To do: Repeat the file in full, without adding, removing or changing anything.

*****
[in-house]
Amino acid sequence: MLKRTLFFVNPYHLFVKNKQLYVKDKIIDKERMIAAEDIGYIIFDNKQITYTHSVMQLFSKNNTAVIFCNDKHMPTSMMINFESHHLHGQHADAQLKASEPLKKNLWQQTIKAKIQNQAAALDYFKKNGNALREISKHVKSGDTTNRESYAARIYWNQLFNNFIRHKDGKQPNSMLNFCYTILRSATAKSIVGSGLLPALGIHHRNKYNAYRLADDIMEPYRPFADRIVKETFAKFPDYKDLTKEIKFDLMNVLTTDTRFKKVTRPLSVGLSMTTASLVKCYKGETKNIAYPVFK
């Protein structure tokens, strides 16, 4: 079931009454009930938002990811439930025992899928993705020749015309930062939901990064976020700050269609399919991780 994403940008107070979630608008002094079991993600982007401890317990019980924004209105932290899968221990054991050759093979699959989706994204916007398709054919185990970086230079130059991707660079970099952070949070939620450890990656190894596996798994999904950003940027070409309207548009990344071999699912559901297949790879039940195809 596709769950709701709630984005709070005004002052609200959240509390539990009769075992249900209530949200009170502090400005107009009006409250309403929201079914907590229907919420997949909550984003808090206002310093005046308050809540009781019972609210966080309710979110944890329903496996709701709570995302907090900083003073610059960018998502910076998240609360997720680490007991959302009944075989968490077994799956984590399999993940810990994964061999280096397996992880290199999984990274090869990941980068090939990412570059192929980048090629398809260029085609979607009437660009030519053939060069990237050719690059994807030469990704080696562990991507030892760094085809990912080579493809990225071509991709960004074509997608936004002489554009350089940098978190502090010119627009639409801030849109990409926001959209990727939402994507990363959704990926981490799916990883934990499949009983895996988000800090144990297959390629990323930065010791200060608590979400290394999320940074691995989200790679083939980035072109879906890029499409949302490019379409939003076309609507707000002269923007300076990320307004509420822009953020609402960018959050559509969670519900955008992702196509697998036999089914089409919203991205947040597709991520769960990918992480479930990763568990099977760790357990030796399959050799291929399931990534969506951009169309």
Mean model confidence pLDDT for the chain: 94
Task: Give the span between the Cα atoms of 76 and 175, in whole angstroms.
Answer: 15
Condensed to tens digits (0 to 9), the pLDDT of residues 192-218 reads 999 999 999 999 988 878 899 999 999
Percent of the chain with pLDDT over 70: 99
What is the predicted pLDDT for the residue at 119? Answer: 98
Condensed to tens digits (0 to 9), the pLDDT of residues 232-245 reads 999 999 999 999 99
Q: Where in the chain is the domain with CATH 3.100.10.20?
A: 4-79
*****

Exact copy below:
[in-house]
Amino acid sequence: MLKRTLFFVNPYHLFVKNKQLYVKDKIIDKERMIAAEDIGYIIFDNKQITYTHSVMQLFSKNNTAVIFCNDKHMPTSMMINFESHHLHGQHADAQLKASEPLKKNLWQQTIKAKIQNQAAALDYFKKNGNALREISKHVKSGDTTNRESYAARIYWNQLFNNFIRHKDGKQPNSMLNFCYTILRSATAKSIVGSGLLPALGIHHRNKYNAYRLADDIMEPYRPFADRIVKETFAKFPDYKDLTKEIKFDLMNVLTTDTRFKKVTRPLSVGLSMTTASLVKCYKGETKNIAYPVFK
């Protein structure tokens, strides 16, 4: 079931009454009930938002990811439930025992899928993705020749015309930062939901990064976020700050269609399919991780 994403940008107070979630608008002094079991993600982007401890317990019980924004209105932290899968221990054991050759093979699959989706994204916007398709054919185990970086230079130059991707660079970099952070949070939620450890990656190894596996798994999904950003940027070409309207548009990344071999699912559901297949790879039940195809 596709769950709701709630984005709070005004002052609200959240509390539990009769075992249900209530949200009170502090400005107009009006409250309403929201079914907590229907919420997949909550984003808090206002310093005046308050809540009781019972609210966080309710979110944890329903496996709701709570995302907090900083003073610059960018998502910076998240609360997720680490007991959302009944075989968490077994799956984590399999993940810990994964061999280096397996992880290199999984990274090869990941980068090939990412570059192929980048090629398809260029085609979607009437660009030519053939060069990237050719690059994807030469990704080696562990991507030892760094085809990912080579493809990225071509991709960004074509997608936004002489554009350089940098978190502090010119627009639409801030849109990409926001959209990727939402994507990363959704990926981490799916990883934990499949009983895996988000800090144990297959390629990323930065010791200060608590979400290394999320940074691995989200790679083939980035072109879906890029499409949302490019379409939003076309609507707000002269923007300076990320307004509420822009953020609402960018959050559509969670519900955008992702196509697998036999089914089409919203991205947040597709991520769960990918992480479930990763568990099977760790357990030796399959050799291929399931990534969506951009169309």
Mean model confidence pLDDT for the chain: 94
Task: Give the span between the Cα atoms of 76 and 175, in whole angstroms.
Answer: 15
Condensed to tens digits (0 to 9), the pLDDT of residues 192-218 reads 999 999 999 999 988 878 899 999 999
Percent of the chain with pLDDT over 70: 99
What is the predicted pLDDT for the residue at 119? Answer: 98
Condensed to tens digits (0 to 9), the pLDDT of residues 232-245 reads 999 999 999 999 99
Q: Where in the chain is the domain with CATH 3.100.10.20?
A: 4-79